Thursday, April 18, 2013


One of my own favorite things as a kid, and into college even, was choosing a title for a paper.  I love a catchy name.  Puns and ridiculousness welcome.  I would name very serious paper with a wacky title.  I'm sure my professors loved that...

And at this stage of life, many of my friends are having babies.  The question is always, "What will the name be?" It's a HUGE decision!  You can't name a baby the same thing your friend did, or give them the name of your creepy third grade teacher, or the name of your husband's ex-girlfriend!  You can't pick a name that's too can't pick a name that's too strange...(try finding names that go with Sabelhaus.  Abel was out right away.)

Have you ever been called a name that stung long after it was thrown at you?  Loser. Fat. Ugly. Worthless. Why do we obsess with names?  Why do they hold so much meaning?

For some reason, I've been reading books that address this theme of naming.  (Not name it and claim it prosperity, no, no. Run away.)  I'm working through The Genesis Trilogy by Madeline L'Engle and I just finished One Thousand Gifts: Dare to Live Fully Right Where You Are by Ann Voskamp. How I love these women! Both share a beautiful use of the English language. They both tend farms and children and the mind.  Well, I'm no farmer. (I do some yard work and love the outdoors.)  But I most definitely am a mom and a thinker.  There's so many great people in this world I admire, but with these women I find a certain kinship.  Like they would understand my brain and heart more than most.  And they both find "naming" to be essential to a joyous relationship between God and the people he created.

 From Madeleine L'Engle's And It Was Good:
"When Adam named the animals he made them real. My dog is named Timothy and my cat is named Titus.  Farmers do not let their children name the animals who are going to be slaughtered or put in the pot.  It is not easy to eat a ham you have known as Wilbur or a chicken called Flossy.  When we respond to our names, or call someone else by name, it is already the beginning of a community expressing the image of God.  To call someone by name is an act of prayer.  We may abuse our names, and our prayer, but without names we are not human. And Adam and Eve, no matter what else they were, were human.  At first there was nothing but joy, joy in being created, and in worshipping the God who had created them. And wonder: wonder at sunrises and starfish and dolphin and even dandelions....Were Adam and Eve beginning to take the image of God in themselves and loveliness of Eden for granted?  Is that why they fell for Satan's temptations?  When we take things for granted, then what we have is not enough, and we are rendered vulnerable to the wiles of the tempter."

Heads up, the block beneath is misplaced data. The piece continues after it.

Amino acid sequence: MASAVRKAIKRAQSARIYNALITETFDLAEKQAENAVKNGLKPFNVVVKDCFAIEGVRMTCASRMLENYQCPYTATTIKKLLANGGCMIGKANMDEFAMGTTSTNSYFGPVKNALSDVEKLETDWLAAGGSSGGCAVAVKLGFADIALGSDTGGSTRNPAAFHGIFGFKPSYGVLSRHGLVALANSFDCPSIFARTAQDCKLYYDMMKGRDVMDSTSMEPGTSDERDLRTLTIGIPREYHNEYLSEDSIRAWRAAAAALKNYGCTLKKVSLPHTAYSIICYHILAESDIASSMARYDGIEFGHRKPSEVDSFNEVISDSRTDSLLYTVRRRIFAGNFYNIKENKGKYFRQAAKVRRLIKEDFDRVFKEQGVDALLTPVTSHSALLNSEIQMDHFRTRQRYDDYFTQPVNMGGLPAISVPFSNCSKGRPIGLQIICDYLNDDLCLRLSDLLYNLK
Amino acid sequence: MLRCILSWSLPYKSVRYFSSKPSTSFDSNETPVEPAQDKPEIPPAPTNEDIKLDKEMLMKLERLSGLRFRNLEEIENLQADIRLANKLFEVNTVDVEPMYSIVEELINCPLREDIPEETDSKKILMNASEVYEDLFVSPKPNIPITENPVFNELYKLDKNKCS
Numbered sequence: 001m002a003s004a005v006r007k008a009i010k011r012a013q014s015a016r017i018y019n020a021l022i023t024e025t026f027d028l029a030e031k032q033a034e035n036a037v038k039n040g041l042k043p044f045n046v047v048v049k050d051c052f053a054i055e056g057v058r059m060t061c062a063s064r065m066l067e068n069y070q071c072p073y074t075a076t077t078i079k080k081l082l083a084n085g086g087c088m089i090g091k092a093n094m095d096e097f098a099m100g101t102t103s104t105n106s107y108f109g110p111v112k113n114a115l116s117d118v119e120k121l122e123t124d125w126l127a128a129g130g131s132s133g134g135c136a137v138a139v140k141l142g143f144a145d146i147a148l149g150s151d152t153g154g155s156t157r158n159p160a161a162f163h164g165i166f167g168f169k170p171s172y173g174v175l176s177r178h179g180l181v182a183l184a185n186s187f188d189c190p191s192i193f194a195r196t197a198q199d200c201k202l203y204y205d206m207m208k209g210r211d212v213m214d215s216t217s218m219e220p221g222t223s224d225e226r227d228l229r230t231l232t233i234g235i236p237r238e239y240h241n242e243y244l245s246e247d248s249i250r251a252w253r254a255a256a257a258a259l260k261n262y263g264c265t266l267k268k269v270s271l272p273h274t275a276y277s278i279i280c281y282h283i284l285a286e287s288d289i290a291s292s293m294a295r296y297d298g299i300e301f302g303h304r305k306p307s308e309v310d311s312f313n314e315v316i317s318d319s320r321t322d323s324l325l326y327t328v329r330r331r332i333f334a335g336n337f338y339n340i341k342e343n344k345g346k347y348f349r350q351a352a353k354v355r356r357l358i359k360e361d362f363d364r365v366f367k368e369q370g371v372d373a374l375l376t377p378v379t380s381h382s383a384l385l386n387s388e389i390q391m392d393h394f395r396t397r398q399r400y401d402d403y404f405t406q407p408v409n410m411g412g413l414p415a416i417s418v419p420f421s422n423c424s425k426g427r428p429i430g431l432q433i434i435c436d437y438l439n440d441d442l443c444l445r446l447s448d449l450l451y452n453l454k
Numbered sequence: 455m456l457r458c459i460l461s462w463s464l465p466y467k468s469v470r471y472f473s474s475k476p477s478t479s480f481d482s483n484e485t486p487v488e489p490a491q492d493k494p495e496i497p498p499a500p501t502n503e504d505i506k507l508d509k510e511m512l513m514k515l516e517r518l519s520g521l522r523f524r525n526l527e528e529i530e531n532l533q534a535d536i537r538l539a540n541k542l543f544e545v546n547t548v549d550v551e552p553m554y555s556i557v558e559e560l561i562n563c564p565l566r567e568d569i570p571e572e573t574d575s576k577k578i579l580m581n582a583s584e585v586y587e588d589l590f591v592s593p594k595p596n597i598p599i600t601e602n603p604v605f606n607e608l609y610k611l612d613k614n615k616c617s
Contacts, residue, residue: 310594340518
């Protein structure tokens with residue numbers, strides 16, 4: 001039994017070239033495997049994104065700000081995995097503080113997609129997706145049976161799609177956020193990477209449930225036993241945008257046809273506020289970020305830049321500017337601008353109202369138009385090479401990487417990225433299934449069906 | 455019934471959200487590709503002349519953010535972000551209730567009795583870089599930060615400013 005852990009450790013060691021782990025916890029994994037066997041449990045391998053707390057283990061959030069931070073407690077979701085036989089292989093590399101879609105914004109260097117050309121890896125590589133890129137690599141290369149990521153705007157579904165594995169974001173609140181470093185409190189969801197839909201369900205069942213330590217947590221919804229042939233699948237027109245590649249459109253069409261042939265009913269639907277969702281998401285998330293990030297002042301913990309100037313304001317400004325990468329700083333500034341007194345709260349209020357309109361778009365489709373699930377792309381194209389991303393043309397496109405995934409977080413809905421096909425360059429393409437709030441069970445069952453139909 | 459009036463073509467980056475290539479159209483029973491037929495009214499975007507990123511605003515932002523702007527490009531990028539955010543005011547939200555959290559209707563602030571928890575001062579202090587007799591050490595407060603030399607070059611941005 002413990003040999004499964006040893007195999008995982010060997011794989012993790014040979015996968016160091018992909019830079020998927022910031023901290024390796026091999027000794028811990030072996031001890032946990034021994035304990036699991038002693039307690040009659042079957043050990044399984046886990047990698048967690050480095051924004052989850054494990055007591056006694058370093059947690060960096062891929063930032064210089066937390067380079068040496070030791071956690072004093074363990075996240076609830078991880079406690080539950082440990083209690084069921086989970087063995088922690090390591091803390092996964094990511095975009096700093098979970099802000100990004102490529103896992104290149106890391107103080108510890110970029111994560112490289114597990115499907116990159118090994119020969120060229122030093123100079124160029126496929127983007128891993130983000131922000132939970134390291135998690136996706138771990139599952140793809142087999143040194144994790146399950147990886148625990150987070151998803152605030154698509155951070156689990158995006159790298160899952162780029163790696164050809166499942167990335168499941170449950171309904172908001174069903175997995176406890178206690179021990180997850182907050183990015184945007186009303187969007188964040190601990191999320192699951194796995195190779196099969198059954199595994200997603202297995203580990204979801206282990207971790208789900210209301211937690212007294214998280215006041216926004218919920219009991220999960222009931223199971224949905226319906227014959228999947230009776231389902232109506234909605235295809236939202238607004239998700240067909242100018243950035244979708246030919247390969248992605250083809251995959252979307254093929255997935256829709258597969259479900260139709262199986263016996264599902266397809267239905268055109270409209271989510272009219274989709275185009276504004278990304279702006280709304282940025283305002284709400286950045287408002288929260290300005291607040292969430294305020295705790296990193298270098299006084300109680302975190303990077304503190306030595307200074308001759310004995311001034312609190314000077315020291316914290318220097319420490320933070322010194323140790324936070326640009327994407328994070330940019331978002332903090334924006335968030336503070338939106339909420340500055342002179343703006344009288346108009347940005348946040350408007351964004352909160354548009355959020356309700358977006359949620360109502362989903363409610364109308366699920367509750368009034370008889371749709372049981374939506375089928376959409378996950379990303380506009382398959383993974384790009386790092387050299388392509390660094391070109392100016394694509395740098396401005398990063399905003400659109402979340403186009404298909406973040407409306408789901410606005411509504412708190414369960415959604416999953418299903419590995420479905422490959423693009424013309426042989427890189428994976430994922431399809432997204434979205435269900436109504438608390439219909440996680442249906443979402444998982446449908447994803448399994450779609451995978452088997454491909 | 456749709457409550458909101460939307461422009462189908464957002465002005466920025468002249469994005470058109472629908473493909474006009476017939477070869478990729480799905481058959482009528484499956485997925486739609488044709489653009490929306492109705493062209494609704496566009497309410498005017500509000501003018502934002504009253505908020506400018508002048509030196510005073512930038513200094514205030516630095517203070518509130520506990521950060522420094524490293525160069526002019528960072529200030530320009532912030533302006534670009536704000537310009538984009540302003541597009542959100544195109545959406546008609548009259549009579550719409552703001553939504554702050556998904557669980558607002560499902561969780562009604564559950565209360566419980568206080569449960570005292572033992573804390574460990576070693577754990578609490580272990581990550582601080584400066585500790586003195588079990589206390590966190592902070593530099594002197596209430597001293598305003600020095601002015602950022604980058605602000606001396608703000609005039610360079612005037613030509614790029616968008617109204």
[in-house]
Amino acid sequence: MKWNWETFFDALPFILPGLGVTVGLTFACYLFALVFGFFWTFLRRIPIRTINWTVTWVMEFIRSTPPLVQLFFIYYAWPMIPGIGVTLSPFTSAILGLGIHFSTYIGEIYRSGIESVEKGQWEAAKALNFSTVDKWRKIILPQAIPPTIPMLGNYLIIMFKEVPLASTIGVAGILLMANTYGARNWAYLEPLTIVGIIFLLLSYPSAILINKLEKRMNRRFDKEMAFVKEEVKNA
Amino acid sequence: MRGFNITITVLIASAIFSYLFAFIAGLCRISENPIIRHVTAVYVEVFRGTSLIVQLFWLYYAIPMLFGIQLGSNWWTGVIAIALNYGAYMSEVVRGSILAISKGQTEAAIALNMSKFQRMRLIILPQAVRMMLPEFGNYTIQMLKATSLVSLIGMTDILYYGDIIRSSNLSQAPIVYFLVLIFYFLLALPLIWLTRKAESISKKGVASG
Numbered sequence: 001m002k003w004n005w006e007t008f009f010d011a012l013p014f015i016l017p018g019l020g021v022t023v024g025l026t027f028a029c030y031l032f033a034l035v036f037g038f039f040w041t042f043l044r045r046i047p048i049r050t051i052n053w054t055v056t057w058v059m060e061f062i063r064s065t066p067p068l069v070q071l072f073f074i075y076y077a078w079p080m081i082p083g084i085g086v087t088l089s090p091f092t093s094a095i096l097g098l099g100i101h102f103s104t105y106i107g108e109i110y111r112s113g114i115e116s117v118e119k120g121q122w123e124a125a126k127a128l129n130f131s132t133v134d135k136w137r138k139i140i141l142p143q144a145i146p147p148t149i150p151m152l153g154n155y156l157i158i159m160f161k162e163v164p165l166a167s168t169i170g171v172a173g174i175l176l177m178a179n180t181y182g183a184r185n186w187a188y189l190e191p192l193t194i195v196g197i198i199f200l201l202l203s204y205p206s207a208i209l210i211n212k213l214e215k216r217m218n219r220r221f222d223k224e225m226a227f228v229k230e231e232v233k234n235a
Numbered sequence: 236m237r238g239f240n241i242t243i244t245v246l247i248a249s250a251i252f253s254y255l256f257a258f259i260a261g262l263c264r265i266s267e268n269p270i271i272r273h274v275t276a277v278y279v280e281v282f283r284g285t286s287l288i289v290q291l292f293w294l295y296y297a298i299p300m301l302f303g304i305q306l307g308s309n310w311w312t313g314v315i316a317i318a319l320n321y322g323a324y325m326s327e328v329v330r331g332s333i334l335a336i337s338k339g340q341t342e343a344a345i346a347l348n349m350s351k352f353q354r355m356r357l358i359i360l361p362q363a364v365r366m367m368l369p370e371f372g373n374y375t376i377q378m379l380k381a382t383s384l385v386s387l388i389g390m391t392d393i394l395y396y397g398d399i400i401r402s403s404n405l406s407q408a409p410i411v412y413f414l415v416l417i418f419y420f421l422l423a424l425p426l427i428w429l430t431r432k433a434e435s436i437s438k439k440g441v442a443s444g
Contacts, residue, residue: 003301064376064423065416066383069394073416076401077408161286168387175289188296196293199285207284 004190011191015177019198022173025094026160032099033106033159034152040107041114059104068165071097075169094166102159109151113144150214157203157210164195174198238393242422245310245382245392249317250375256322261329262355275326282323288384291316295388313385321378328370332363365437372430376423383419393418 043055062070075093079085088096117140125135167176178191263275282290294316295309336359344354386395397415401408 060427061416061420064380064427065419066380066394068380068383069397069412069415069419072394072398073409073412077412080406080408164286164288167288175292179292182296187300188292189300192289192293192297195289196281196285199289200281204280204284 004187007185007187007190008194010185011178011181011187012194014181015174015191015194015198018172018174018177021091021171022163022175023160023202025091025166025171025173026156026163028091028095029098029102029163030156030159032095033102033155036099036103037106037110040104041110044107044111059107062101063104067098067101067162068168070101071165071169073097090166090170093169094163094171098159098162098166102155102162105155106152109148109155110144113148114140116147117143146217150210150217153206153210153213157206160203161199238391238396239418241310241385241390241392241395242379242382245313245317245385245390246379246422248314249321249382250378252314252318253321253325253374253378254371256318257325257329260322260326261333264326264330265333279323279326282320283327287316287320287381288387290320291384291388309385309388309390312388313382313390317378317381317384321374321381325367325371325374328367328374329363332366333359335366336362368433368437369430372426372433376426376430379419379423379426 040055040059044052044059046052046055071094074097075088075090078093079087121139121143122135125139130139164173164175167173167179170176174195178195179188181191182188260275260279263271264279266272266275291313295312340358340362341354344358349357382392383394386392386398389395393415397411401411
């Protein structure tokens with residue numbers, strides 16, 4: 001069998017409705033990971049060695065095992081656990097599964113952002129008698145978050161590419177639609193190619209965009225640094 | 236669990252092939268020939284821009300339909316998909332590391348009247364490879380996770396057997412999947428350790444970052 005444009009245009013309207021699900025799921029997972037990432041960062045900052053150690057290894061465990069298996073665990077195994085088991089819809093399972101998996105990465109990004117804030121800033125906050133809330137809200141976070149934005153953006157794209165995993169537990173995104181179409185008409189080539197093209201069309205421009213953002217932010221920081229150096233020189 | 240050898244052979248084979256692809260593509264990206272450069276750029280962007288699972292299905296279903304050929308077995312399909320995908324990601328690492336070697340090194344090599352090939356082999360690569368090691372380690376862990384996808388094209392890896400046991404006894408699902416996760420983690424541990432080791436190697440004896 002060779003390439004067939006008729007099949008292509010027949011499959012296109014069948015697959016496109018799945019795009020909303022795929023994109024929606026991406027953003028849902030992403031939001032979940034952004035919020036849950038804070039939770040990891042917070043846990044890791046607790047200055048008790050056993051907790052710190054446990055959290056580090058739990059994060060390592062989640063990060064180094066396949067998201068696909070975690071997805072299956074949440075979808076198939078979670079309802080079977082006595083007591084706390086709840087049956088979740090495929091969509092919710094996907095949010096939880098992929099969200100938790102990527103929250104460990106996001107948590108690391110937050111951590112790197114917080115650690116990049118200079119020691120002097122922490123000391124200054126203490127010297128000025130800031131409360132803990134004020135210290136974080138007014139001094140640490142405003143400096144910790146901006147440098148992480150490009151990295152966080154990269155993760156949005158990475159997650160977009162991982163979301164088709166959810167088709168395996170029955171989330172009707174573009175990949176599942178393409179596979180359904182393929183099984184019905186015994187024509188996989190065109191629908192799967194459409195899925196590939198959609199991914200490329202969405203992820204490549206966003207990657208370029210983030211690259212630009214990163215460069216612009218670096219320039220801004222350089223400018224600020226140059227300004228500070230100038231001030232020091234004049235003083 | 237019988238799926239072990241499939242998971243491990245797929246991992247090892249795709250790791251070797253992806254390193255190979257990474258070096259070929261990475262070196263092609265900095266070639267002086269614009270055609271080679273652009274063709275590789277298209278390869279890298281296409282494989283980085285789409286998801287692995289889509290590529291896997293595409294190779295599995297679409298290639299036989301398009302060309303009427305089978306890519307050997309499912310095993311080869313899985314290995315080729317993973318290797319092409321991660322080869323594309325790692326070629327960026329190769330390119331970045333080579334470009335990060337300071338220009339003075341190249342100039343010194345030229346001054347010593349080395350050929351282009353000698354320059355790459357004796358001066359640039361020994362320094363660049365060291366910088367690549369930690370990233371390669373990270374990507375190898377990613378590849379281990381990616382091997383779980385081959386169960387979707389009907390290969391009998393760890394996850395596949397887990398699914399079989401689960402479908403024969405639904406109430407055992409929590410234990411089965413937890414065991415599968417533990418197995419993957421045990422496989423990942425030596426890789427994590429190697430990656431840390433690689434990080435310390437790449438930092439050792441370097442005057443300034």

From Ann Voskamp's One Thousand Gifts:
"Naming is Edenic. I name gifts and go back to the Garden and God in the beginning who first speaks a name and lets what is come into existence.  This naming is how the first emptiness of space fills: the naming of light and land and sky. This first man's first task is to name.  Adam completes creation with his Maker through the act of naming creatures, releasing the land from chaos, from the teeming, indefinable mass.  I am seeing it too... naming offers the gift of recognition.  When I name moments-string out laundry and name-pray, thank You, Lord, for bedsheets in billowing winds, for fluff of sparrow landing on line, sun winter warm, and one last leaf still hanging in the orchard- I am Adam and I discover my meaning and God's, and to name is to learn the language of Paradise.  This naming work never ends for all the children of Adam.  Naming to find an identity, our identity, God's."